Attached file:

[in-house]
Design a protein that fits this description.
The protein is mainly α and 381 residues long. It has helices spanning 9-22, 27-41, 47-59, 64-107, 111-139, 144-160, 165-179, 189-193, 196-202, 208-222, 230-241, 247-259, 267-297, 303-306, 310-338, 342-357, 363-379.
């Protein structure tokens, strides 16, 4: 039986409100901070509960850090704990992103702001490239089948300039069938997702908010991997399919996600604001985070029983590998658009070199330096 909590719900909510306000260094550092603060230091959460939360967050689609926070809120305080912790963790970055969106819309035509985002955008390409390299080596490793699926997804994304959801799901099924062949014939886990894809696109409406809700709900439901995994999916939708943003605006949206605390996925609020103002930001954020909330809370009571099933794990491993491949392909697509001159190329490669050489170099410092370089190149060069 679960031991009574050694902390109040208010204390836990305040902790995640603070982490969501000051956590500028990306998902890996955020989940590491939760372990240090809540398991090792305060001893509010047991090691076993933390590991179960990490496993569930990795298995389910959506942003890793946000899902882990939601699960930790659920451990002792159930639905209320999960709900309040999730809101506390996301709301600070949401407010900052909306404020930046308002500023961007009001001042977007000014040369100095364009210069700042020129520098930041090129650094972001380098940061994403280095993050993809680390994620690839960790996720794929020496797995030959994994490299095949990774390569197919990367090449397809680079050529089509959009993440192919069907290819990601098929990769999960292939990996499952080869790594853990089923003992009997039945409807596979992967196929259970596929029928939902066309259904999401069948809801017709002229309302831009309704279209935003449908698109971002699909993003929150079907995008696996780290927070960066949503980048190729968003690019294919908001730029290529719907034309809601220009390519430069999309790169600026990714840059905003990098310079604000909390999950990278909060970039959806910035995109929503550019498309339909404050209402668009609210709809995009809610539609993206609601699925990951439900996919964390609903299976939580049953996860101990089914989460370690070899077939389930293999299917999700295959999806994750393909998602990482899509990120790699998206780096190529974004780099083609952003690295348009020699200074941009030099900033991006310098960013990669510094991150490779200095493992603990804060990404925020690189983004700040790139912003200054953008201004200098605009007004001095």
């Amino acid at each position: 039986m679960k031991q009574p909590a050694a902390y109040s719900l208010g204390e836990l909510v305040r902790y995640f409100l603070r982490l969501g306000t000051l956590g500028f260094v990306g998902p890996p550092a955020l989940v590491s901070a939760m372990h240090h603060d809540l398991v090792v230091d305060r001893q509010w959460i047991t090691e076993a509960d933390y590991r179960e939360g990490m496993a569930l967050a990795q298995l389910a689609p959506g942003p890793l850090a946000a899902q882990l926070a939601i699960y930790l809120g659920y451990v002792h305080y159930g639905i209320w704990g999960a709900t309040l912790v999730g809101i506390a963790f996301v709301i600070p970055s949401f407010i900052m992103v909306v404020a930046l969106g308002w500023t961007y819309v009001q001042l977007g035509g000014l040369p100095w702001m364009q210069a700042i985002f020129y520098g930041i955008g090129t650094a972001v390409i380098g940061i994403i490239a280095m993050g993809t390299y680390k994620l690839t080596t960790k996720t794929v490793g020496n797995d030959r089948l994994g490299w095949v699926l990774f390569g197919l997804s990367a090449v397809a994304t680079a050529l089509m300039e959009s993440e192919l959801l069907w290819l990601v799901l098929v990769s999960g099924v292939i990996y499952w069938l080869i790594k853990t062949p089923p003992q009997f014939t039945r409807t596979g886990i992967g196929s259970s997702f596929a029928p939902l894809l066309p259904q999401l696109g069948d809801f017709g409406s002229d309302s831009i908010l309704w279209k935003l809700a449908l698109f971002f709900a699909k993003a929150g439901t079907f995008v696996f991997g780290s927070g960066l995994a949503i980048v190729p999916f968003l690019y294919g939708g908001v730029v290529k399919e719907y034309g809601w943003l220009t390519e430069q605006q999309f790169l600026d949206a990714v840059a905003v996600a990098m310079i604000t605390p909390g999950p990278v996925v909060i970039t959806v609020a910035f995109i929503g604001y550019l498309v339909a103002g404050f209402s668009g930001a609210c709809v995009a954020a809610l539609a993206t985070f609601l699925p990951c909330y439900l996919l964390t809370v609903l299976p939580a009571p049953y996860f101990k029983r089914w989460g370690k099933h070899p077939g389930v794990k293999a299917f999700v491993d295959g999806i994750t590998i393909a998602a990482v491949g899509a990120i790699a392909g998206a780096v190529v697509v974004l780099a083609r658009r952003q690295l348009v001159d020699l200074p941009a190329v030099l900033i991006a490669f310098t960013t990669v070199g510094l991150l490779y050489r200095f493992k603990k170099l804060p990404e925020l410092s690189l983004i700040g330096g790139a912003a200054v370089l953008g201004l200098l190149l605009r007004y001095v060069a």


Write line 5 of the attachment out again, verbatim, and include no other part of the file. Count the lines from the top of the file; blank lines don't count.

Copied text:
């Amino acid at each position: 039986m679960k031991q009574p909590a050694a902390y109040s719900l208010g204390e836990l909510v305040r902790y995640f409100l603070r982490l969501g306000t000051l956590g500028f260094v990306g998902p890996p550092a955020l989940v590491s901070a939760m372990h240090h603060d809540l398991v090792v230091d305060r001893q509010w959460i047991t090691e076993a509960d933390y590991r179960e939360g990490m496993a569930l967050a990795q298995l389910a689609p959506g942003p890793l850090a946000a899902q882990l926070a939601i699960y930790l809120g659920y451990v002792h305080y159930g639905i209320w704990g999960a709900t309040l912790v999730g809101i506390a963790f996301v709301i600070p970055s949401f407010i900052m992103v909306v404020a930046l969106g308002w500023t961007y819309v009001q001042l977007g035509g000014l040369p100095w702001m364009q210069a700042i985002f020129y520098g930041i955008g090129t650094a972001v390409i380098g940061i994403i490239a280095m993050g993809t390299y680390k994620l690839t080596t960790k996720t794929v490793g020496n797995d030959r089948l994994g490299w095949v699926l990774f390569g197919l997804s990367a090449v397809a994304t680079a050529l089509m300039e959009s993440e192919l959801l069907w290819l990601v799901l098929v990769s999960g099924v292939i990996y499952w069938l080869i790594k853990t062949p089923p003992q009997f014939t039945r409807t596979g886990i992967g196929s259970s997702f596929a029928p939902l894809l066309p259904q999401l696109g069948d809801f017709g409406s002229d309302s831009i908010l309704w279209k935003l809700a449908l698109f971002f709900a699909k993003a929150g439901t079907f995008v696996f991997g780290s927070g960066l995994a949503i980048v190729p999916f968003l690019y294919g939708g908001v730029v290529k399919e719907y034309g809601w943003l220009t390519e430069q605006q999309f790169l600026d949206a990714v840059a905003v996600a990098m310079i604000t605390p909390g999950p990278v996925v909060i970039t959806v609020a910035f995109i929503g604001y550019l498309v339909a103002g404050f209402s668009g930001a609210c709809v995009a954020a809610l539609a993206t985070f609601l699925p990951c909330y439900l996919l964390t809370v609903l299976p939580a009571p049953y996860f101990k029983r089914w989460g370690k099933h070899p077939g389930v794990k293999a299917f999700v491993d295959g999806i994750t590998i393909a998602a990482v491949g899509a990120i790699a392909g998206a780096v190529v697509v974004l780099a083609r658009r952003q690295l348009v001159d020699l200074p941009a190329v030099l900033i991006a490669f310098t960013t990669v070199g510094l991150l490779y050489r200095f493992k603990k170099l804060p990404e925020l410092s690189l983004i700040g330096g790139a912003a200054v370089l953008g201004l200098l190149l605009r007004y001095v060069a």